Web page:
This is Part I of our 2013 Kauai Trip Journal which recounts our trip down Koke’e State Park’s gnarly trail known as the Nu’alolo Trail. The Nu’alolo Trail is located in Koke’e State Park on the Hawaiian Island of Kauai. Starting adjacent to the Koke’e Lodge and Museum at an elevation of 3,660 ft. the trail descends nearly 1,600 vertical feet in 3.8 miles. The trail traverses through the Kuia Natural Area Reserve and Koke’e Forest Reserve crossing through several vegetation communities from temporal forests to lush rainforest.
While the hike itself is beautiful, nothing will prepare you for your first peak into Nu’alolo Valley as you near the end of the trial and approach the Lolo Vista Point. From the vista, which sits at an elevation of 2,234, you can gaze up the Na Pali coastline and peer straight down into the Pacific. Those who are as ambitious as I was and wish to turn this hike into a ~12 mile loop will need to backtrack 1/4 mile from the Lolo Vista Point and continue onto the Nu’alolo Cliff Trail (the loop is best tackled in this order: Nu’alolo – Nu’alolo Cliff Trail – Awa’awapuhi). Here a great resource on the Nu’alolo Trail, complete with a map.
After camping in Koke’e State Park the night before our hike, our opinion of roosters soured. For some reason, roosters in Kauai have determined the sun rises at 2:30 in the morning (it doesn’t).
We had read that Kauai has a large number of feral chickens running around the island. This turned out to be abundantly evident, although my little buddies here were clearly habituated and keen on being fed by humans.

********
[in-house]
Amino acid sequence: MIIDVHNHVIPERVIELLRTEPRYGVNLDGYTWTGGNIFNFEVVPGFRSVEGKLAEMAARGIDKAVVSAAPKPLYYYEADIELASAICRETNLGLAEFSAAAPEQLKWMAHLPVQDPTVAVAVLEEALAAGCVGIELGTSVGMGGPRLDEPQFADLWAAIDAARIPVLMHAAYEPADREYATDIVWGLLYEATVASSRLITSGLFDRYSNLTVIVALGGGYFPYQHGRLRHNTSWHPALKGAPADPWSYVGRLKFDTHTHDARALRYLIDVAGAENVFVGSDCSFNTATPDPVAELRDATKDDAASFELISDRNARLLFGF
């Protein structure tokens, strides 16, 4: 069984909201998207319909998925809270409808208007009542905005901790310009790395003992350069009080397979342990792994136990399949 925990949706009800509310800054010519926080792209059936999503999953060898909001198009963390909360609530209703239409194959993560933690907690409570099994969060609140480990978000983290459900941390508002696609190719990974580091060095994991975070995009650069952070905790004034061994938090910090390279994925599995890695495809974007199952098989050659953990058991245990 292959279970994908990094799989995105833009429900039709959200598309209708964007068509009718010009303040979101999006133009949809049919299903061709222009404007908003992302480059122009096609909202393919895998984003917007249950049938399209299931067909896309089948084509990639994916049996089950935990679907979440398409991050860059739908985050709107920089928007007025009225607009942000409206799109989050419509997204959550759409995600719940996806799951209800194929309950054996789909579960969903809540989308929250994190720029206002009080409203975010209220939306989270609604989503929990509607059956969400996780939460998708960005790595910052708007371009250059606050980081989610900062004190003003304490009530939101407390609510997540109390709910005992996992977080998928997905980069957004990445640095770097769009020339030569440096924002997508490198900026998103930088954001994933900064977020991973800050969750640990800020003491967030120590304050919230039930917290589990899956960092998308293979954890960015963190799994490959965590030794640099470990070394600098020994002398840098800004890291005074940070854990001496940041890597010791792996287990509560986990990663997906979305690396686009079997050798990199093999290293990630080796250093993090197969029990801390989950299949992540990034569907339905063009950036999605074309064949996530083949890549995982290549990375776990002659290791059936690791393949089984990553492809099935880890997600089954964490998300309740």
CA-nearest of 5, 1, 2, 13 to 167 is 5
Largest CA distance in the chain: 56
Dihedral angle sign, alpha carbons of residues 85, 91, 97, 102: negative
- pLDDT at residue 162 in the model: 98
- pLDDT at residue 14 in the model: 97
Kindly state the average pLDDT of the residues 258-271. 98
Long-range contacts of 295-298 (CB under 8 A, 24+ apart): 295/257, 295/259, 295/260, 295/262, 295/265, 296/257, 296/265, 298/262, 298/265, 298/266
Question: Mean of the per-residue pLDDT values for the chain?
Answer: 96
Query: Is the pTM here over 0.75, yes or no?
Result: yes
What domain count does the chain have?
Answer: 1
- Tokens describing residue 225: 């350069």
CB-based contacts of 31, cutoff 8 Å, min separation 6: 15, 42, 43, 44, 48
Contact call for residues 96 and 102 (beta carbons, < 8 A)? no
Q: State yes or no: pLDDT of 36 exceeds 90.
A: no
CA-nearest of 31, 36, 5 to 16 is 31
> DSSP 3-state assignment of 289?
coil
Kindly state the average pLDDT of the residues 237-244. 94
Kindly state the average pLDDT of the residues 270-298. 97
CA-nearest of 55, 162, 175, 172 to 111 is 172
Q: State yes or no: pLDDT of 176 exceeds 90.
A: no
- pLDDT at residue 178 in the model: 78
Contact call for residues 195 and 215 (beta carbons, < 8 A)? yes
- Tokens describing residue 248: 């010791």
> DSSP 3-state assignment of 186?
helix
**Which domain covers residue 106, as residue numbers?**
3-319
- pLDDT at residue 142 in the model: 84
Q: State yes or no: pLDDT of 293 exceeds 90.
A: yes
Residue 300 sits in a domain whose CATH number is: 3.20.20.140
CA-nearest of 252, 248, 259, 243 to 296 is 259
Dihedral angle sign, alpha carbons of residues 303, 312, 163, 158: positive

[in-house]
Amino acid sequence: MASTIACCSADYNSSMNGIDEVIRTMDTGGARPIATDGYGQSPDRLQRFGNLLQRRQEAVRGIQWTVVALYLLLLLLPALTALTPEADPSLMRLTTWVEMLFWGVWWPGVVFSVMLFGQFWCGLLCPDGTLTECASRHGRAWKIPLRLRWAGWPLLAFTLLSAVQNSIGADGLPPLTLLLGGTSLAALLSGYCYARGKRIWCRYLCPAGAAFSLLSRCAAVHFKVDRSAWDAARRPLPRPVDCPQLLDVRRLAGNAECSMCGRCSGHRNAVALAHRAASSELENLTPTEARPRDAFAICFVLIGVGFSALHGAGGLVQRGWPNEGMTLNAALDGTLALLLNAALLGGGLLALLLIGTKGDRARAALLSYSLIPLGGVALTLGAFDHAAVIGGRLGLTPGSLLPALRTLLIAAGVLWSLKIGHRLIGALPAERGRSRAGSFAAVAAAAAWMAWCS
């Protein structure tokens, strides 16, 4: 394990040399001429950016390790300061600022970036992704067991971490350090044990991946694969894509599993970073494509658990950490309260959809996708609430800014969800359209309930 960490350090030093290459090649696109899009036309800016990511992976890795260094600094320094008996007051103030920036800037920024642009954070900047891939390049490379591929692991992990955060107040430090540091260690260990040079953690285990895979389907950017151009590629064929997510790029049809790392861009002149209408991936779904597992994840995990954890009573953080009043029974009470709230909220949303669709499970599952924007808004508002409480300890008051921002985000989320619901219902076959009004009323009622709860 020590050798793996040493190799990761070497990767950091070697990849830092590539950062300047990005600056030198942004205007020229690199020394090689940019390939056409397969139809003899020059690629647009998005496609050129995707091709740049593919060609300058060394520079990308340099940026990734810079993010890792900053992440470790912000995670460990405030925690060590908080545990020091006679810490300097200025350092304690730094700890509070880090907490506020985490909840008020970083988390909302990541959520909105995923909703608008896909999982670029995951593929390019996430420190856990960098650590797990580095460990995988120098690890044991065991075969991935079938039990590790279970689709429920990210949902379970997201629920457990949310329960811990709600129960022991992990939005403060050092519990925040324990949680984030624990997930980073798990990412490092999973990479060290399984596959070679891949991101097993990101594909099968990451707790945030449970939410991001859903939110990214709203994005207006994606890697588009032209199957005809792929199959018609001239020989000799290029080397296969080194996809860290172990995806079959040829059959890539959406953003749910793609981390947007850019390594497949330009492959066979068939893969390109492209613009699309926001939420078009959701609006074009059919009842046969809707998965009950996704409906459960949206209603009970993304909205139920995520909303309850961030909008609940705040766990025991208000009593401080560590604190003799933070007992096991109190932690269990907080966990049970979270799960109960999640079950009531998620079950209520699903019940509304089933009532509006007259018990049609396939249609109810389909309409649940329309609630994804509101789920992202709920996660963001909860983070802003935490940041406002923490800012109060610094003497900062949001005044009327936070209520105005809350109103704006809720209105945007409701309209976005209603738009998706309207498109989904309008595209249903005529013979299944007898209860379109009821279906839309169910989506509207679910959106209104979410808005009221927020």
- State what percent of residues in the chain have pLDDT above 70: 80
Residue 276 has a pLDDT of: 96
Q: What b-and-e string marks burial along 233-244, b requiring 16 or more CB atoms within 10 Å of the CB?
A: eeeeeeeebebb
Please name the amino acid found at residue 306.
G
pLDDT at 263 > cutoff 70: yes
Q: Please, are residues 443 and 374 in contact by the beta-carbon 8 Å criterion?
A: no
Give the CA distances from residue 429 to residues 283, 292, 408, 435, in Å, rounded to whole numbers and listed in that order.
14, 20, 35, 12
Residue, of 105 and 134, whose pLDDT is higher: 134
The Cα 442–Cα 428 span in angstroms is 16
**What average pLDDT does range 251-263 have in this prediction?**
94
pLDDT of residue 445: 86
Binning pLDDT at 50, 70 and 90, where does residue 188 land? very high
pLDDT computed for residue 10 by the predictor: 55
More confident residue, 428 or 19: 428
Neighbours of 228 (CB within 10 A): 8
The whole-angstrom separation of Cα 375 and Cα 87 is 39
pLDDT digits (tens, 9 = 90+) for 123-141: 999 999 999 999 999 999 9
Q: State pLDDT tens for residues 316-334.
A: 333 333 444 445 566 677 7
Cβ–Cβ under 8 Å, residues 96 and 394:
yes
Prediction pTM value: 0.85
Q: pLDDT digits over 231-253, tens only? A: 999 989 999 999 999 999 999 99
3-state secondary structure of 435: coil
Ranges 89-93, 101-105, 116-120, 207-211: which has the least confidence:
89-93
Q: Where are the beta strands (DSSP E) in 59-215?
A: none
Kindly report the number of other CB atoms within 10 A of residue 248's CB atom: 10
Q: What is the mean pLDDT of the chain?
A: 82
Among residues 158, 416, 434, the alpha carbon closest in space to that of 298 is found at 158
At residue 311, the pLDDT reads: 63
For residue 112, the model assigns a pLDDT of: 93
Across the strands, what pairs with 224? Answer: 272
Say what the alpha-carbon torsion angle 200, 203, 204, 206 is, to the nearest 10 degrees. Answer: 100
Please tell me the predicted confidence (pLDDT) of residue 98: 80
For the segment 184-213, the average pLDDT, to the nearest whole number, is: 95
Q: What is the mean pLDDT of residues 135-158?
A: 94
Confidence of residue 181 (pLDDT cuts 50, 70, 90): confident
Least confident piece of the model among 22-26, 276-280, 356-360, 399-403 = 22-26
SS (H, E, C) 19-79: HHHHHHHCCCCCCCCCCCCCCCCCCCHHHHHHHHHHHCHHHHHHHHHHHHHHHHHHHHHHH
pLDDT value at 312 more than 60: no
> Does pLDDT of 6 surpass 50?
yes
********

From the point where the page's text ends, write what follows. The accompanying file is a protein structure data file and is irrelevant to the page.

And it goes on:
The first 1 mile of the hike is along a well established hunting route and is well maintained.
A little ways further in and we get our first real sense of rainforest. Entering this clearing the humidity immediately increases and flowers and grasses are abundant.
As quickly as the lush meadow appeared, it transitioned back into forest, and with it slightly cooler temperatures and plenty of shade.
Is that the ocean? We begin descending more steadily now through deeply rutted sections of trail. There must be some torrential rains in these parts, fortunately today is beautiful and clear.
The sheer number of micro-climates one encounters while hiking in the tropics is astounding. This section is mostly stubbly trees and low-growing yet lush vegetation.
Somewhere along the way we discovered this meadow of ferns. I was captivated by how lush the undergrowth is in this area, a stark contrast with somewhere like Costa Rica where the rainforest floor isn’t nearly as green.
Another deeply rutted section of trail engulfing Clara!
Clara is navigating a steeper section of the trail, fortunely the exposed roots make for solid and appreciated hand holds. This trail would be quite treacherous when muddy, and I’m not sure you could make it back up if it was raining!
Here you can see just how sketchy the trail is becoming as we near the end. if it were muddy we would be sliding all over the place.
As we round a nondescript bend we are hit smack in the face with this view. Amazing! We just stood at this point and marveled for a while. The cliff walls are sheer and the ocean is as blue as can be. Well worth the effort to get this far!
We’ve just passed the junction with the Nu’alolo Cliff Trail and have continued toward the Lolo Vista Point which lies another 1/4 mile ahead on this finger of a trail.
Clara (upper left) gazes down into the Nu’alolo Valley. Stunning! The Na Pali coastline is visible and the way the sunlight is piercing the clouds makes for almost a spotlight effect on the valley’s floor.
The Lolo Vista Point is just around the bend. Clara, please watch your step! I love the island of vegetation holding the top of this plateau together. Erosion has been a major contributing factor to shaping Kauai, and it hasn’t stopped!
This rock formation looks like a person’s profile watching a catamaran skirting the Na Pali Coast.
Not a bad place to stop for a snack (assuming you don’t suffer from vertigo). While this place is amazing, it commands respect. That’s 2,200 feet down and you’re not going to stop until you’re on the beach.